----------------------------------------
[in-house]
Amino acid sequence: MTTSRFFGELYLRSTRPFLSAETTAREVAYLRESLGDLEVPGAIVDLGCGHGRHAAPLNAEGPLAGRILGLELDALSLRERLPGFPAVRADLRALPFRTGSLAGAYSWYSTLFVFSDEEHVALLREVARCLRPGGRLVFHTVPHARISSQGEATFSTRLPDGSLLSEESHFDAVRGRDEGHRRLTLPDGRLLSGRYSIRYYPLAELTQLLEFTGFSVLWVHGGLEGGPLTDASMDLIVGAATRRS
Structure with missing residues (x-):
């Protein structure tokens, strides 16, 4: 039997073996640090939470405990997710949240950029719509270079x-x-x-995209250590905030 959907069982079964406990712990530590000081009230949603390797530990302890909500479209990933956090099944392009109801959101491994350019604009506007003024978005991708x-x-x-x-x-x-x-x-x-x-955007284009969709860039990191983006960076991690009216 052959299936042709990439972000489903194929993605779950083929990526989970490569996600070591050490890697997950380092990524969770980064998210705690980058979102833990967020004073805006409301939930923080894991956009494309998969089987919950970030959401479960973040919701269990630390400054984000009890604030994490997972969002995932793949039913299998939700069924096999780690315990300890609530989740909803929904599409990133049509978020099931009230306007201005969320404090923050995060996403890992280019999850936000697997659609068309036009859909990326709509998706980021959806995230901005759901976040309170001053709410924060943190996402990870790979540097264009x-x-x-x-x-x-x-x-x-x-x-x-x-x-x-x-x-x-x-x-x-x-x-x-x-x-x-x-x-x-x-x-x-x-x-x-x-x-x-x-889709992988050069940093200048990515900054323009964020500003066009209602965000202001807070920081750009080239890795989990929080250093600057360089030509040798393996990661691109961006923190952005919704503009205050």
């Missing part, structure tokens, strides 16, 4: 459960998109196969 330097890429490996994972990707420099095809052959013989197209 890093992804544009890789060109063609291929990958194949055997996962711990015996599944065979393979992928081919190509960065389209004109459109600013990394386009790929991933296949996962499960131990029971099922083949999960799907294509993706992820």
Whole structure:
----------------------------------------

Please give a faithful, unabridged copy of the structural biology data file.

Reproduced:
[in-house]
Amino acid sequence: MTTSRFFGELYLRSTRPFLSAETTAREVAYLRESLGDLEVPGAIVDLGCGHGRHAAPLNAEGPLAGRILGLELDALSLRERLPGFPAVRADLRALPFRTGSLAGAYSWYSTLFVFSDEEHVALLREVARCLRPGGRLVFHTVPHARISSQGEATFSTRLPDGSLLSEESHFDAVRGRDEGHRRLTLPDGRLLSGRYSIRYYPLAELTQLLEFTGFSVLWVHGGLEGGPLTDASMDLIVGAATRRS
Structure with missing residues (x-):
């Protein structure tokens, strides 16, 4: 039997073996640090939470405990997710949240950029719509270079x-x-x-995209250590905030 959907069982079964406990712990530590000081009230949603390797530990302890909500479209990933956090099944392009109801959101491994350019604009506007003024978005991708x-x-x-x-x-x-x-x-x-x-955007284009969709860039990191983006960076991690009216 052959299936042709990439972000489903194929993605779950083929990526989970490569996600070591050490890697997950380092990524969770980064998210705690980058979102833990967020004073805006409301939930923080894991956009494309998969089987919950970030959401479960973040919701269990630390400054984000009890604030994490997972969002995932793949039913299998939700069924096999780690315990300890609530989740909803929904599409990133049509978020099931009230306007201005969320404090923050995060996403890992280019999850936000697997659609068309036009859909990326709509998706980021959806995230901005759901976040309170001053709410924060943190996402990870790979540097264009x-x-x-x-x-x-x-x-x-x-x-x-x-x-x-x-x-x-x-x-x-x-x-x-x-x-x-x-x-x-x-x-x-x-x-x-x-x-x-x-889709992988050069940093200048990515900054323009964020500003066009209602965000202001807070920081750009080239890795989990929080250093600057360089030509040798393996990661691109961006923190952005919704503009205050």
């Missing part, structure tokens, strides 16, 4: 459960998109196969 330097890429490996994972990707420099095809052959013989197209 890093992804544009890789060109063609291929990958194949055997996962711990015996599944065979393979992928081919190509960065389209004109459109600013990394386009790929991933296949996962499960131990029971099922083949999960799907294509993706992820």
Whole structure: